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what sort of ESD specs are industry standard for high-speed links (> 10 Gbps) (Read 6988 times)
vivkr
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what sort of ESD specs are industry standard for high-speed links (> 10 Gbps)
Jul 12th, 2010, 8:40am
 
I would like to know what kind of ESD specs one might expect for most high-speed links, say faster than 10 Gbps? Also, what is the tendency as one goes to higher and higher speeds?

Of interest are machine model (MM), and maybe CDM type of ESD events. What can I expect to see as specs at 10 Gbps? at 40 Gbps?

Thanks,
Vivek
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neoflash
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Re: what sort of ESD specs are industry standard for high-speed links (> 10 Gbps)
Reply #1 - Jul 16th, 2010, 2:10pm
 
HBM 2000
MM 200
CDM 500
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ghatcher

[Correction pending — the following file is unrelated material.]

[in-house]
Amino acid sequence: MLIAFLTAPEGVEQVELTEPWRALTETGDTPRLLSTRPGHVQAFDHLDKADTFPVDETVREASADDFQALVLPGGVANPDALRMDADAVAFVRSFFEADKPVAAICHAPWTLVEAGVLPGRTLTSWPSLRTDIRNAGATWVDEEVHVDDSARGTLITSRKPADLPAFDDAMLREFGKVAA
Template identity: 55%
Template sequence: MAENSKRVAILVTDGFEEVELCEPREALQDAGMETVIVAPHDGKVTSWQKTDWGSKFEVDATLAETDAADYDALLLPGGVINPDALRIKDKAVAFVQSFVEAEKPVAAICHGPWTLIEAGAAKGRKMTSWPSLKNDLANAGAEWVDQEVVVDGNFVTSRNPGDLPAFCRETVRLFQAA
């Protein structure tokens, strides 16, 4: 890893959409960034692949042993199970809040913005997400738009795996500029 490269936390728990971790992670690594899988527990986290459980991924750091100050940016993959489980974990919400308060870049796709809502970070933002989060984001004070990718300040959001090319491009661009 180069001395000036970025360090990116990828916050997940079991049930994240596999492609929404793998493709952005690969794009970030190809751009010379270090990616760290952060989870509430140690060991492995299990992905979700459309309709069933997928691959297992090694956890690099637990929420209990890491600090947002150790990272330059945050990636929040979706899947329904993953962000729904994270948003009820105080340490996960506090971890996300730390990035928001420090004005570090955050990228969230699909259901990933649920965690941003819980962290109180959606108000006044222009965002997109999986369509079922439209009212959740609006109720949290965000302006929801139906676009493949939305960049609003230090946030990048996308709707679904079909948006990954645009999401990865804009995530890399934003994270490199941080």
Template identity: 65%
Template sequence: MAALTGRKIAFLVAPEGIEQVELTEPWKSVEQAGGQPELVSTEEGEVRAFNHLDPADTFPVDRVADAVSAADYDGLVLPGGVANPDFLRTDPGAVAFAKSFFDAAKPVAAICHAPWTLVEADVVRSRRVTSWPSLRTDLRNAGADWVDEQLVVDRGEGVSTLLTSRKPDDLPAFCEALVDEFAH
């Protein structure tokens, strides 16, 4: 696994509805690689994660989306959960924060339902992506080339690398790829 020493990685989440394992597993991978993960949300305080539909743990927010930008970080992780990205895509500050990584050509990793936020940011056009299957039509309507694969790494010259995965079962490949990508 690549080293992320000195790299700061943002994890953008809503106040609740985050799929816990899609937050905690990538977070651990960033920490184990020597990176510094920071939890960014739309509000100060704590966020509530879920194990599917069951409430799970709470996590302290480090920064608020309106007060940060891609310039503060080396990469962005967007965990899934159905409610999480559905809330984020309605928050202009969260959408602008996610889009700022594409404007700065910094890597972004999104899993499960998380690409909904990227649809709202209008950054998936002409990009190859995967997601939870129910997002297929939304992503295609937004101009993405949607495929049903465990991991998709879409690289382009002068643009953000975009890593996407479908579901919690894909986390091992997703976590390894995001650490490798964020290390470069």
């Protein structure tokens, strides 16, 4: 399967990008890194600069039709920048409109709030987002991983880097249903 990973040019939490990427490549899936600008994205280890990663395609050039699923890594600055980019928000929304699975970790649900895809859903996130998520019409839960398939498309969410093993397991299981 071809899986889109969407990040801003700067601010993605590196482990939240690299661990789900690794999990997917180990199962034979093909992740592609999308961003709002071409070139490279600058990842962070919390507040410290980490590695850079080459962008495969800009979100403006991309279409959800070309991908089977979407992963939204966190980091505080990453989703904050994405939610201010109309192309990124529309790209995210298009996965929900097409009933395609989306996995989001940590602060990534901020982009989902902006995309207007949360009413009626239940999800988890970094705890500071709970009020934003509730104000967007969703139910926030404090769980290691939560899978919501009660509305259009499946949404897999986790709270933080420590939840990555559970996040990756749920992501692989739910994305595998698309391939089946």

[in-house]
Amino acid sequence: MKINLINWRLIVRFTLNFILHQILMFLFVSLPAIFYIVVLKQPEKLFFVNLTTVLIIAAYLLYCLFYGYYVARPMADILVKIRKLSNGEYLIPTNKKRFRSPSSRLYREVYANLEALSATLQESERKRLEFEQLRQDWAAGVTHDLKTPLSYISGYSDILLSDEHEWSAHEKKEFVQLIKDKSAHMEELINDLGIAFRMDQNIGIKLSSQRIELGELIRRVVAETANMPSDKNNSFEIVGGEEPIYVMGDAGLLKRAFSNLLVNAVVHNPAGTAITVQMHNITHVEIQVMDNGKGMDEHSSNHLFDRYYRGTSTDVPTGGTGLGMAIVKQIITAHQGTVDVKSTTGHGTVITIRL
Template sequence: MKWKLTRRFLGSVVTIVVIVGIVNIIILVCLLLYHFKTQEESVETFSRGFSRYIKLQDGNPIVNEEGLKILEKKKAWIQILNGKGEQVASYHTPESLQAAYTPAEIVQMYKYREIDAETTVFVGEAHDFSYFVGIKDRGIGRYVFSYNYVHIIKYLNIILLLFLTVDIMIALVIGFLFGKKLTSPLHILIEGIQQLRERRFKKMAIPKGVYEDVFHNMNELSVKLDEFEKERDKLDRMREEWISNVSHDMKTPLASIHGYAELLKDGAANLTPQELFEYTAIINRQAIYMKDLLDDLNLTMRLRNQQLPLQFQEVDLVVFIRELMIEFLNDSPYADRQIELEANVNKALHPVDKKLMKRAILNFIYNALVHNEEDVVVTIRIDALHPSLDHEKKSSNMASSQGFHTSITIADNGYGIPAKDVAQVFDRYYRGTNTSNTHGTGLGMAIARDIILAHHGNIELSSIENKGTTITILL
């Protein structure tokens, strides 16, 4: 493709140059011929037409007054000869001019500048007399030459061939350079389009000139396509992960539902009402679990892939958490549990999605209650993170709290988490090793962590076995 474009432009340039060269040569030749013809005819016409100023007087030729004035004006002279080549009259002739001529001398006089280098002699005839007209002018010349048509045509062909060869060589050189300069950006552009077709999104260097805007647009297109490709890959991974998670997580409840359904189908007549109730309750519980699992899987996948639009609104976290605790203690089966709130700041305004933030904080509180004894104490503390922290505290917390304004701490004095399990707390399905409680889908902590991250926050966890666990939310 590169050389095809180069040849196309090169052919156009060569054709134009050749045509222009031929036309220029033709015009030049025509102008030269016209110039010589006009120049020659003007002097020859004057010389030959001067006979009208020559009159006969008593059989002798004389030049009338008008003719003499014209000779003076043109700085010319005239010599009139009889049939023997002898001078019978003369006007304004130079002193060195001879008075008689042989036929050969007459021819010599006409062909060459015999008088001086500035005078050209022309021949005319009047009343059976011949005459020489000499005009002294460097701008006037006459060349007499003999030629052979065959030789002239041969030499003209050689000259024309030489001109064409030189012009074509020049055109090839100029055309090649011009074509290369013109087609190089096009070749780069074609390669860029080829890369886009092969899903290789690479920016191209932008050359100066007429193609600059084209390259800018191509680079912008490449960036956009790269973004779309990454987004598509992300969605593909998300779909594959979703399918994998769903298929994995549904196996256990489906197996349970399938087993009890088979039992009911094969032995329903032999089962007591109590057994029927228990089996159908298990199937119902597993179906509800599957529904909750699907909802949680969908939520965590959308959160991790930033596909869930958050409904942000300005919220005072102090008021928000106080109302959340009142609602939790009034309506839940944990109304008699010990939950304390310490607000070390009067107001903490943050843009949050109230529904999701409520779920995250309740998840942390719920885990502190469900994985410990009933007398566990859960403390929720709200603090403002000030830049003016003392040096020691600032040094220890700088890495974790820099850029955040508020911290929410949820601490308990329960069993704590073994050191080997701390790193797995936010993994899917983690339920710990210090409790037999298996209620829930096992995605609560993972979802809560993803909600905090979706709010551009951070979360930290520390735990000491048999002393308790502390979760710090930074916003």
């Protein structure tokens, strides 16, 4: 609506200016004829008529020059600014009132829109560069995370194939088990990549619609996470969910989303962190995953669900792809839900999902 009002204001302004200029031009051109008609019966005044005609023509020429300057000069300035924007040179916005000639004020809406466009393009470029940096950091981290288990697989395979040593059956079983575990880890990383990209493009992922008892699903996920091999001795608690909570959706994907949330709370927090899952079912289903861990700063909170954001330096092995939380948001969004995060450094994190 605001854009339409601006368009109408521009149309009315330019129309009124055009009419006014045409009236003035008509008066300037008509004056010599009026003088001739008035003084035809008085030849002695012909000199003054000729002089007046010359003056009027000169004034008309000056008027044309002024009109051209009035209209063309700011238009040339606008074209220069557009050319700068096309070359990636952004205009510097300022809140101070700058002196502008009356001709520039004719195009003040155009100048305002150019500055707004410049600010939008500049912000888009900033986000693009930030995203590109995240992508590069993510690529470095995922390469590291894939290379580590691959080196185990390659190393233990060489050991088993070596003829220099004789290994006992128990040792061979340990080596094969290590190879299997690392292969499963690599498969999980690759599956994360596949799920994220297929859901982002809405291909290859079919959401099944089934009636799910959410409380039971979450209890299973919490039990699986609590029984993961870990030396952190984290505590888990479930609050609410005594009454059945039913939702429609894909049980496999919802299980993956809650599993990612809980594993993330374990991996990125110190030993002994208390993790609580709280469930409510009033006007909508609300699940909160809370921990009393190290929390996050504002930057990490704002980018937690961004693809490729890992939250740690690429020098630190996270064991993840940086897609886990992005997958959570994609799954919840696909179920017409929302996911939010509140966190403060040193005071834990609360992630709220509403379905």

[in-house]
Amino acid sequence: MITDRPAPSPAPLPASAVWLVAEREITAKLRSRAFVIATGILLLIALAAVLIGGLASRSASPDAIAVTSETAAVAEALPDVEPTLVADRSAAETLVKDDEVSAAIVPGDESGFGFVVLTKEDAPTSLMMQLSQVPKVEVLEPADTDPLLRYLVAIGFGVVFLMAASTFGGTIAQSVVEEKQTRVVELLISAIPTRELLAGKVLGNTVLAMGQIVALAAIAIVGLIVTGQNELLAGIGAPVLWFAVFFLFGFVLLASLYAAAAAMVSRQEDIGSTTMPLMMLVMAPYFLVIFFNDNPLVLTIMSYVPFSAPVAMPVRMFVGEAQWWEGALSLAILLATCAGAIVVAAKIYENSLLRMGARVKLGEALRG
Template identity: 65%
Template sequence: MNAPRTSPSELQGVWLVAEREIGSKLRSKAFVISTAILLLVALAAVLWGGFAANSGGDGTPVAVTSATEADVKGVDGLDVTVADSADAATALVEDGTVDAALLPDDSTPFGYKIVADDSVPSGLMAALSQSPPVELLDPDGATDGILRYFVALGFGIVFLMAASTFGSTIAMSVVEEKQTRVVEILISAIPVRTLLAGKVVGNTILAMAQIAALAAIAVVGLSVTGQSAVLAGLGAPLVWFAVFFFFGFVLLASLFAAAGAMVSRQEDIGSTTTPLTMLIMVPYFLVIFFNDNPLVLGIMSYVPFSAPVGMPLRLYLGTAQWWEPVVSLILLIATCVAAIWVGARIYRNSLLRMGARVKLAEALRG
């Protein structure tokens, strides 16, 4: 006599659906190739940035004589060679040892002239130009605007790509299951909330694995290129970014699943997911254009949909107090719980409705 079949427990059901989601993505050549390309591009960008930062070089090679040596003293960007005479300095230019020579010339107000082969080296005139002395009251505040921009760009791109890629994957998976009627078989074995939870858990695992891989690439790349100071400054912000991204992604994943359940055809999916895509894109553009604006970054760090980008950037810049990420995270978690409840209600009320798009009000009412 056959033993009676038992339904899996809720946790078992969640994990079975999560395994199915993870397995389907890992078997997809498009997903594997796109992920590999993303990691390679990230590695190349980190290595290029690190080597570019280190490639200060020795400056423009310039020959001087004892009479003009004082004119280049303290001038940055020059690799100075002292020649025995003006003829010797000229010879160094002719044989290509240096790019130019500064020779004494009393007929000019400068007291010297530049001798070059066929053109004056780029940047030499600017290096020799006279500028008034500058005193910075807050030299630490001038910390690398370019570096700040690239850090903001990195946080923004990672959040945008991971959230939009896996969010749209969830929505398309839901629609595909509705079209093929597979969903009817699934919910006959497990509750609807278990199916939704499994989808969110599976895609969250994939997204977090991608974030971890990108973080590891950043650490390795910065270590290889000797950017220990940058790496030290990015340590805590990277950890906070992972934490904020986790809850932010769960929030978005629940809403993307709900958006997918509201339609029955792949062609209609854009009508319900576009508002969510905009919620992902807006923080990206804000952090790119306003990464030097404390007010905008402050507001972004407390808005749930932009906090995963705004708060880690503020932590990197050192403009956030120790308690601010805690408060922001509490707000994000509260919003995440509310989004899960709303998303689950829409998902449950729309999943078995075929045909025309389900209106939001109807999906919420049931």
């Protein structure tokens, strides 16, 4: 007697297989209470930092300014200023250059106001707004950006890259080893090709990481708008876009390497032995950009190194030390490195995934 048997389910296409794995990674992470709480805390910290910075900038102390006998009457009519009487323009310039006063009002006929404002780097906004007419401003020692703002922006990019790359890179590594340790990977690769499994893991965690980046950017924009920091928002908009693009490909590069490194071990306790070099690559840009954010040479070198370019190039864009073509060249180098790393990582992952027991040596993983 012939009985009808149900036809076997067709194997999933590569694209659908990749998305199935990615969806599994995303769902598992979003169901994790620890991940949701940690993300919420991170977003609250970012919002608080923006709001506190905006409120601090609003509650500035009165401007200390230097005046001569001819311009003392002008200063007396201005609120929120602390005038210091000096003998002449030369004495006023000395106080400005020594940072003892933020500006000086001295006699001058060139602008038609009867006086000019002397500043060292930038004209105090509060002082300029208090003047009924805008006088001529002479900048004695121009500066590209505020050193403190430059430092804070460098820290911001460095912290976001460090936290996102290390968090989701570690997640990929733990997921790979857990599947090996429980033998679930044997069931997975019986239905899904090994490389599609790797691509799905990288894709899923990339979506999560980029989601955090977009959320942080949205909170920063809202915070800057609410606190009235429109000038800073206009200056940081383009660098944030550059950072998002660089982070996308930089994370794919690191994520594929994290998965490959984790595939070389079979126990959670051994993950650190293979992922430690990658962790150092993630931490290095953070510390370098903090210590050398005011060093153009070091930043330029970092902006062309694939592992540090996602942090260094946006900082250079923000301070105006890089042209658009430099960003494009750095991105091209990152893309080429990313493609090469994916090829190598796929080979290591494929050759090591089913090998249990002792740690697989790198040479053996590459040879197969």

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Re: what sort of ESD specs are industry standard for high-speed links (> 10 Gbps)
Reply #2 - Jul 20th, 2010, 11:41am
 
I would say 2kV HBM, 1kV MM and 500V CDM are way too aggressive for 10G I/O.  Those numbers are better suited for general purpose I/O.  If you try and meet those specs, you'll end up with a grossly over-designed I/O.

The numbers I have seen in the industry for high speed lines are 1kV HBM and CDM 100V.  

Also, MM itself is an outdated test that is no longer relevant.  JEDEC no longer recommends using MM... only HBM and CDM.  I have attached the JEDEC document that contains their guidelines for qualifying a part (JESD47G).